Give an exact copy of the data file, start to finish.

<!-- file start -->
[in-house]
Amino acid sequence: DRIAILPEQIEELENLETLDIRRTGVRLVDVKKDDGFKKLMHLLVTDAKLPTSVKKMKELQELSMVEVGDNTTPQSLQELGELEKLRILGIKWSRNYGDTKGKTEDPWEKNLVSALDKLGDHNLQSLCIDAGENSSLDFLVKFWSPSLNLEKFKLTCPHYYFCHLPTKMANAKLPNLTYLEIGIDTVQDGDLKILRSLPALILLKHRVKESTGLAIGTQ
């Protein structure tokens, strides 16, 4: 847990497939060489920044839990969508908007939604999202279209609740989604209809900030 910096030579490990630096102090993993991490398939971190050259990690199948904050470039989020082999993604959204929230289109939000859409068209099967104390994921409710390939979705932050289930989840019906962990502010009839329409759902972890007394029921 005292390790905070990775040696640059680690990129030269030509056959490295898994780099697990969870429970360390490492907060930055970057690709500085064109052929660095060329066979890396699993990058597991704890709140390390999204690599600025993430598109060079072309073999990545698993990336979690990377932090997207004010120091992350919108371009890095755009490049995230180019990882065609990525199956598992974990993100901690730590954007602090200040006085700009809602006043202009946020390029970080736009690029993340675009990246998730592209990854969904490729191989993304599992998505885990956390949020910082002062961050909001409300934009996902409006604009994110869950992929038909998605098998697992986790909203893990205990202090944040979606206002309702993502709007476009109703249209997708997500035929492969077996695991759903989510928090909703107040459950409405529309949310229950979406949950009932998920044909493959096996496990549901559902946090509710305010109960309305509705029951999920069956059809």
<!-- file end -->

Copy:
[in-house]
Amino acid sequence: DRIAILPEQIEELENLETLDIRRTGVRLVDVKKDDGFKKLMHLLVTDAKLPTSVKKMKELQELSMVEVGDNTTPQSLQELGELEKLRILGIKWSRNYGDTKGKTEDPWEKNLVSALDKLGDHNLQSLCIDAGENSSLDFLVKFWSPSLNLEKFKLTCPHYYFCHLPTKMANAKLPNLTYLEIGIDTVQDGDLKILRSLPALILLKHRVKESTGLAIGTQ
């Protein structure tokens, strides 16, 4: 847990497939060489920044839990969508908007939604999202279209609740989604209809900030 910096030579490990630096102090993993991490398939971190050259990690199948904050470039989020082999993604959204929230289109939000859409068209099967104390994921409710390939979705932050289930989840019906962990502010009839329409759902972890007394029921 005292390790905070990775040696640059680690990129030269030509056959490295898994780099697990969870429970360390490492907060930055970057690709500085064109052929660095060329066979890396699993990058597991704890709140390390999204690599600025993430598109060079072309073999990545698993990336979690990377932090997207004010120091992350919108371009890095755009490049995230180019990882065609990525199956598992974990993100901690730590954007602090200040006085700009809602006043202009946020390029970080736009690029993340675009990246998730592209990854969904490729191989993304599992998505885990956390949020910082002062961050909001409300934009996902409006604009994110869950992929038909998605098998697992986790909203893990205990202090944040979606206002309702993502709007476009109703249209997708997500035929492969077996695991759903989510928090909703107040459950409405529309949310229950979406949950009932998920044909493959096996496990549901559902946090509710305010109960309305509705029951999920069956059809």